Last weekend the Eurosonic event engulfed the northern Dutch town of Groningen. Despite its location, 2 1/2 hours by train from Amsterdam and without an airport hosting commercial flights, Groningen is not a sleepy backwater. Instead the place is a thriving contemporary city with a vibrant student population and beautiful old architecture aligning cobbled steets and canals. Eurosonic is a blend of music conference, awards ceremony and festival. Festival bookers, broadcasters, publications and music technology companies flocked to Eurosonic from 11th – 14th January. Festival bookers were looking for hot new bands to book, media outlets were looking to break bands to their station or magazine audiences, whilst tech companies arrived to raise their companies’ profile within the European music industry.
I arrived via the invitation of the European Broadcasting Union, best known for their organisation of the Eurovision Song Contest. Despite their association with the kitsch geo-political sing-a-long, the EBU undertakes a vital role for European public broadcasters. Each of the EBU members share music recordings with each other to broadcast free of charge. This means there’s a ready source of live music for often cash strapped public broadcasters. The EBU also plays an important role in sharing knowledge on new technologies and advancements in the worlds of broadcasting and music. My role in bringing real-time interactive coverage of music festivals for the BBC, for instance, interested EBU members enough for them to invite me to Hamburg to speak to members and subsequently to a wider group in Groningen.
It was a flying visit, meaning I crammed in five bands in a four hour period on the Thursday evening and three panels on Friday day, in between catching up with a few folk.
Starting in the Vera venue, Danish band Thulebasen performed brooding shoe-gaze with a kick. Their track Gate 5 as featured on the Eurosonic playlist hooked me with its psychedelic rhythms and metamorphosing nature. Gate 5 is clearly their most interesting track although other tunes on the night still maintained a level of intrigue albeit in a less distinguished way. The three piece’s sound is best when it blends shuffling breakbeats alongside fuzzy phased out guitar distortion and a tighter lead guitar melody.
Following Thulebasen, I headed to Team Me at the grand theatre … The Norweigan six piece group’s records have the preppy enthusiasm of Bombay Bicycle Club and the folksy musicianship of acts like Tunng, a description which sounds trite in some ways. The voguish combination of Arcade Fire rabble with youthful joy explains their growing popularity across Europe, but doesn’t do justice to the quality of their songs.The ethereal undertones, unpredictable twists and insightful lyrics raise the group above faddish folly. Tracks like Dear Sister also show how accomplished and thoughtful musicians are able to synchronise their potentially dissonant contributions with restraint and volume when the song’s story requires it. Their sound is also very likable, the tone and topics feel genuine and not showy, but then not dispassionate either.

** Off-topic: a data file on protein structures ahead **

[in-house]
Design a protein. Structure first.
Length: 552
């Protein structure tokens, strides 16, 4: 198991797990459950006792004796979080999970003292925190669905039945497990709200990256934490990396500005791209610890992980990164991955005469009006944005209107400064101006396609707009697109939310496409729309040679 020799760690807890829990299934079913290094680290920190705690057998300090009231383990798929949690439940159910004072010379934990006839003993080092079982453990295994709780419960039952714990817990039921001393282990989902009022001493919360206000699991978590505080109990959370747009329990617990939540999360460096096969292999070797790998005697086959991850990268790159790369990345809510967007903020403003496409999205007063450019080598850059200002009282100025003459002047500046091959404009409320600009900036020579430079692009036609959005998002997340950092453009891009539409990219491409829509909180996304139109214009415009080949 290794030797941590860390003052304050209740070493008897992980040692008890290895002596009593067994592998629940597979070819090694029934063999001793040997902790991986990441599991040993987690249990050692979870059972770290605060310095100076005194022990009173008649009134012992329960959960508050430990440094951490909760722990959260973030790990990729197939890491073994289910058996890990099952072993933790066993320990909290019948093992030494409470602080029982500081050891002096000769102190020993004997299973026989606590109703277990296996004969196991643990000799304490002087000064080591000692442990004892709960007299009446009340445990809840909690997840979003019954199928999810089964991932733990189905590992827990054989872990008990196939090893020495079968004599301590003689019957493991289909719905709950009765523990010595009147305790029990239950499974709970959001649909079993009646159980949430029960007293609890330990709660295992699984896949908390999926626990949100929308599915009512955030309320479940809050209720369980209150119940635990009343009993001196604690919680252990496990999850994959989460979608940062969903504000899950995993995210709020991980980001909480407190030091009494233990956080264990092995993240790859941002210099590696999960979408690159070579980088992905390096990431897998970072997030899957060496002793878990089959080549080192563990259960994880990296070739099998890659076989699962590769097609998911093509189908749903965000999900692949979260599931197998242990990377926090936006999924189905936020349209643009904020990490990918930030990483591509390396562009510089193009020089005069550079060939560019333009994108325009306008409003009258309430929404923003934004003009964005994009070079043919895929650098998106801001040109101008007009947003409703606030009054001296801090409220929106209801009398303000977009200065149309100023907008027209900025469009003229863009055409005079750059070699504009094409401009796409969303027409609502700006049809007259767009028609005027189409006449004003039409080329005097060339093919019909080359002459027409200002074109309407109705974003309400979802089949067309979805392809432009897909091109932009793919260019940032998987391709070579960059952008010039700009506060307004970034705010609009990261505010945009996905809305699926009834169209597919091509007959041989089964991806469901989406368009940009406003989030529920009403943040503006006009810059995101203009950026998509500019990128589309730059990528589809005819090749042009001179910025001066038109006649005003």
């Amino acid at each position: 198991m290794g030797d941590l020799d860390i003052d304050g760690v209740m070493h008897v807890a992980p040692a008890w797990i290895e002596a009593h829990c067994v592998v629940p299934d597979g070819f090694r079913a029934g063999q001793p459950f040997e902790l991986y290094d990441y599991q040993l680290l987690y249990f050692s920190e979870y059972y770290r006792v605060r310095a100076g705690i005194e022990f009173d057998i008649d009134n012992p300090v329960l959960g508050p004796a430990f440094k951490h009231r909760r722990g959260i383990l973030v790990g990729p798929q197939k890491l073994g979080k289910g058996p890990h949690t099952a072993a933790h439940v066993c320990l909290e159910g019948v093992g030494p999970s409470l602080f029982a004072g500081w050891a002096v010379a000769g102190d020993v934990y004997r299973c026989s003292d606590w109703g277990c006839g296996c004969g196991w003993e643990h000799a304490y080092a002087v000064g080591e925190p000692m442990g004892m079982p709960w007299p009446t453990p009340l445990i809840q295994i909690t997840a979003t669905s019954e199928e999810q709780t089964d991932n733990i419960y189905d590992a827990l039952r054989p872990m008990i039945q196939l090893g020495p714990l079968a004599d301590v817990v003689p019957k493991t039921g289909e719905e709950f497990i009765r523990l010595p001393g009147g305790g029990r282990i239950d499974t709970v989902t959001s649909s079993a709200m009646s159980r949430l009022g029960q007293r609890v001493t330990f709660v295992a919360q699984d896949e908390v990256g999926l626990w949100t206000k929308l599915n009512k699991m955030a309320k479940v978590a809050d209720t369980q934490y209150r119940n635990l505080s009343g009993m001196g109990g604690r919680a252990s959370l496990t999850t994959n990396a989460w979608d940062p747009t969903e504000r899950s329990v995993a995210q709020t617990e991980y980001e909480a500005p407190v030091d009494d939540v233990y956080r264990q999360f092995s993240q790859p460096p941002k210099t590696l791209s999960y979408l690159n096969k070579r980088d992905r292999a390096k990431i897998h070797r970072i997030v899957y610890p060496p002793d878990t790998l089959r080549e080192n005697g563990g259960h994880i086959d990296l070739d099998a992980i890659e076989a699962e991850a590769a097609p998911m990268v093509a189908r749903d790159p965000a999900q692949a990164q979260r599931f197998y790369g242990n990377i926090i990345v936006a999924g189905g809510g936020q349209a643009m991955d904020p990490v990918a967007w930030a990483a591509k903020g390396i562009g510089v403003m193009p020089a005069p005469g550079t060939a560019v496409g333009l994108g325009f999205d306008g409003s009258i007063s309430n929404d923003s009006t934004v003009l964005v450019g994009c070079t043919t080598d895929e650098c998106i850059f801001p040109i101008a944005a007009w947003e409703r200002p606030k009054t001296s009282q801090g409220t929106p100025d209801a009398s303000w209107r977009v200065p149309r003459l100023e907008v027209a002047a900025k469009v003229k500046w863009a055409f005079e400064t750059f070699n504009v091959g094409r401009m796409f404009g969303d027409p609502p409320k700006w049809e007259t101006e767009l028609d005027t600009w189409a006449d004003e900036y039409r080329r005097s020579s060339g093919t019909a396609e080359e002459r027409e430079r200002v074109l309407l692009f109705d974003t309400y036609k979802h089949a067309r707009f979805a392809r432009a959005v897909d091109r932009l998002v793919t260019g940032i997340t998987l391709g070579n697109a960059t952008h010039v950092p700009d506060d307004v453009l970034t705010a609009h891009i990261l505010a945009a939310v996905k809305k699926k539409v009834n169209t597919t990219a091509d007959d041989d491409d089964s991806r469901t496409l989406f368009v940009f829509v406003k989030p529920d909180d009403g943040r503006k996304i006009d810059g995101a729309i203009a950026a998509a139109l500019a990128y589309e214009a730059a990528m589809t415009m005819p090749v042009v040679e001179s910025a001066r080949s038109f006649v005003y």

Following an accappella serenade by Jamie N Commons (with an amazingly mature sounding youthful lead singer) in the Dutch broadcaster VPro’s studio, I headed over to a church by the fish market for Holland’s current rising guitar group Moss.
The large church setting helped to raise otherwise adequate Moss songs. All very polished, meant and atmospheric, but without resonance. Their Editors, Elbow, blah blah sound was all very pleasant, but struggled with its Coldplay -like vague lyrical notions. Say something specific, otherwise it sounds like a Dot Com bubble presentation about a new CRM system set to Garageband fills.
The Suicide of Western Culture with a bottle of Duvel to swig on was the perfect antidote to Moss. Pure buzzing electronica, The Suicide of Western Culture mixed the more challenging Rephlex grinds, with melodic techno and broader beatless synth action. Deliberately cultivating the faceless techno act cliche , TSOWC relied on projections for their visual performance. Drawing on their Spanish heritage, pretty disturbing scenes from the Spanish Civil War were backdropped behind TSOWC’s jerky midi button girations to start with. The imagery soon tempered out to abstract street scene snatches as the musical integration moved from bad cop to good cop through the use of lilting techno to a club friendly four-four beat. I left at 2am as they just re-entered the throbbing glitchcore realms, conscious that an early conference session on Meta Products awaited.
A review of Friday’s Eurosonic Conference follows later in the week.